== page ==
Scrum Down: Newcastle University ready to tackle champions Durham University

Newcastle University are at the start of their cycle, but hopeful of long-term success as director of rugby Tom Wilkinson tells Mark Smith

Will Witty of England U18s
Will Witty of England U18s

Newcastle University are sowing the seeds for future success, but director of rugby Tom Wilkinson admits this season is all about maintaining Premier North status.

Tomorrow afternoon they travel to a Durham University side who have won the league title for the past three seasons, as well as being the reigning national BUCS Cup champions following a third successive Twickenham final.

The inherently cyclical nature of student rugby and predatory leanings from local clubs has made Newcastle’s hill steeper, Wilkinson saying: “We have had a really good fresher intake this year and, of the 44 players who featured in our last round of first and second-team matches, 20 of them were first-years.

“We are in a good position going forward, and in two or three years’ time we should be pretty strong, providing we keep hold of them all and don’t get pillaged again by the local clubs.”

Currently fifth in the seven-team league, he added: “At the moment we are trying to consolidate, making sure we stay in the Premier Division.

“We started well, beating Loughborough away and winning against our traditional rivals, Northumbria. Since then we have struggled through injuries and lost our last four games before we broke up for Christmas.”

Putting his side’s positive start down to a short but intense pre-season which included three training sessions per day, recruitment remains a major challenge.

“We targeted six players, and we were fortunate in that five of them got the grades they needed to be accepted on to their courses,” said the director of rugby.

“Outside of that we got lucky to some extent with the quality of freshers who came to us, but we are also three years into my tenure as director of rugby and we have built up some good relationships with a number of schools around the country.

“People like Brighton College and Sedbergh are in active contact about sending some of their better players here, but the lads have still got to get their grades and it is not like American college sport.

“We are always going to be at a disadvantage to some extent against some of the old polytechnics, in that we cannot give a reduced grade offer. So if our course entry requirement is two As and a B, the student has to hit that target.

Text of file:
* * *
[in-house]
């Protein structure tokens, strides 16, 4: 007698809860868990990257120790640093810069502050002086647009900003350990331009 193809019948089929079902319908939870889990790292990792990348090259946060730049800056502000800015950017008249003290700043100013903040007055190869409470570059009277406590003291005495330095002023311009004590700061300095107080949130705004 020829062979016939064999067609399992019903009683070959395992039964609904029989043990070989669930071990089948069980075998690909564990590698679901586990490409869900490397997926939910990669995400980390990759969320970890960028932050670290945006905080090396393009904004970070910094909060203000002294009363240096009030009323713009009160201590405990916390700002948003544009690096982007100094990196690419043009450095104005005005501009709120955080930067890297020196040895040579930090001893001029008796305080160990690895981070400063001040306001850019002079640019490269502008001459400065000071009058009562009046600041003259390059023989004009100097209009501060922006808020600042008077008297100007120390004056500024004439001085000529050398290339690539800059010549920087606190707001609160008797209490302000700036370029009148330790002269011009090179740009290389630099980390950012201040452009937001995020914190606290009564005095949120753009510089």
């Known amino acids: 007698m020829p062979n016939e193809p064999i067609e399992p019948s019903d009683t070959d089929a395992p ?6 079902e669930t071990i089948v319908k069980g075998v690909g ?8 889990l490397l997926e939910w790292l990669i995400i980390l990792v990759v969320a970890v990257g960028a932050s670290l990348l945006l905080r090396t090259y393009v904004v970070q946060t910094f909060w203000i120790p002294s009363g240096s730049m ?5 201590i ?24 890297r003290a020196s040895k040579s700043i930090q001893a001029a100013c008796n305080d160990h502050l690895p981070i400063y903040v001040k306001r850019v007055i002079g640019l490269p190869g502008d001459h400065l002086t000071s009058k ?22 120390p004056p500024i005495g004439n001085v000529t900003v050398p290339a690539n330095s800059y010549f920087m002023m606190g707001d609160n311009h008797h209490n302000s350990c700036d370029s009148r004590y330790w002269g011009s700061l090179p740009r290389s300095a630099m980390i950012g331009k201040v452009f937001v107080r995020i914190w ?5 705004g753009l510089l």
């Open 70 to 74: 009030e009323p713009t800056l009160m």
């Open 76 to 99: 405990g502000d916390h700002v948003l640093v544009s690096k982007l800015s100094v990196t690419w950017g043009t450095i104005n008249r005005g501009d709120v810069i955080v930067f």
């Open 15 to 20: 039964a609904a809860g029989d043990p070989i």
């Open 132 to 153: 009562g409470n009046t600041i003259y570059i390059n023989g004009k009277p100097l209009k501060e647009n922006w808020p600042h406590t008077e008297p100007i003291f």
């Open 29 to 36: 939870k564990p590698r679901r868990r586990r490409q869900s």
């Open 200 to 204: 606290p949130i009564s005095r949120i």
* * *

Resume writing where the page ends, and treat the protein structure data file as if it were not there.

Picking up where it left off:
“There is no leeway from the university on that, and a lot of the medical and law courses we run mean you have to be a real high-achiever academically to be taken on.”

Putting plans in place to strengthen in the long run, Wilkinson added: “If we have our best 15-18 available we can be a match for anybody. Durham, the national champions, only beat us in the last minute when we played them, and we had two players in the sin-bin. We just don’t have the depth when we get a spate of injuries, but hopefully in the next two academic years we will be starting a sports course at the university. That will make a massive difference to us in terms of bringing the best players here.

“We are lucky in terms of the lads we get largely through public schools, but we miss out on a lot of the high-end athletes because they want to enrol on sports courses, which we don’t yet have here.”

Highlighting the strength of his side as a pacy back-line, the form of England Under-19s lock Will Witty has helped add grunt to the forward pack of a team not unaccustomed to seeing their best talent beingpilfered.

“The number one contributiong factor to us not being as successful as we could be is local clubs coming and taking our players,” said Wilkinson. “Blaydon and Tynedale are the main culprits, and I am not saying they are doing anything wrong. They are just looking after their own end, which I can understand them doing, but it is incredibly frustrating for us and means we can often be without our best lads.

“Clubs see us as a place where they can come and take players from, rather than leaving them in a good development environment for three years and taking them at the end of that programme.

“We encourage the lads to play during their breaks, but during our season they are not allowed to play out. If you play two games inside a week you begin to break down, and it has affected us a lot.

“Last season Ben Morris and Andy Davies were both Newcastle University students but didn’t play for us, because they were at Blaydon. The year before Sam Shires and Harry Peck were in the same scenario at Tynedale.

“Harry Bate at the moment is a Newcastle student who came in as a fresher, and we did a massive amount of work with him. Blaydon have come in this year and nicked him, but that is the environment we are in and these things are going to happen.”

More immediately focused on tomorrow’s trip to Durham, he said: “They are top of the table, and still the side to beat.

“They have lost in the league for the first time in three years, though, and are not the force they were. That said, they are still a very strong student rugby team, and they work you from side to side until you run out of numbers.

“Their recruitment policy is sound, they run a sports course and they get good scholarships. They are able to access the best players, and fair play to them because I would do exactly the same if I could.

“Northumbria is still our biggest game, and it is the one the boys talk about more than anything else.”

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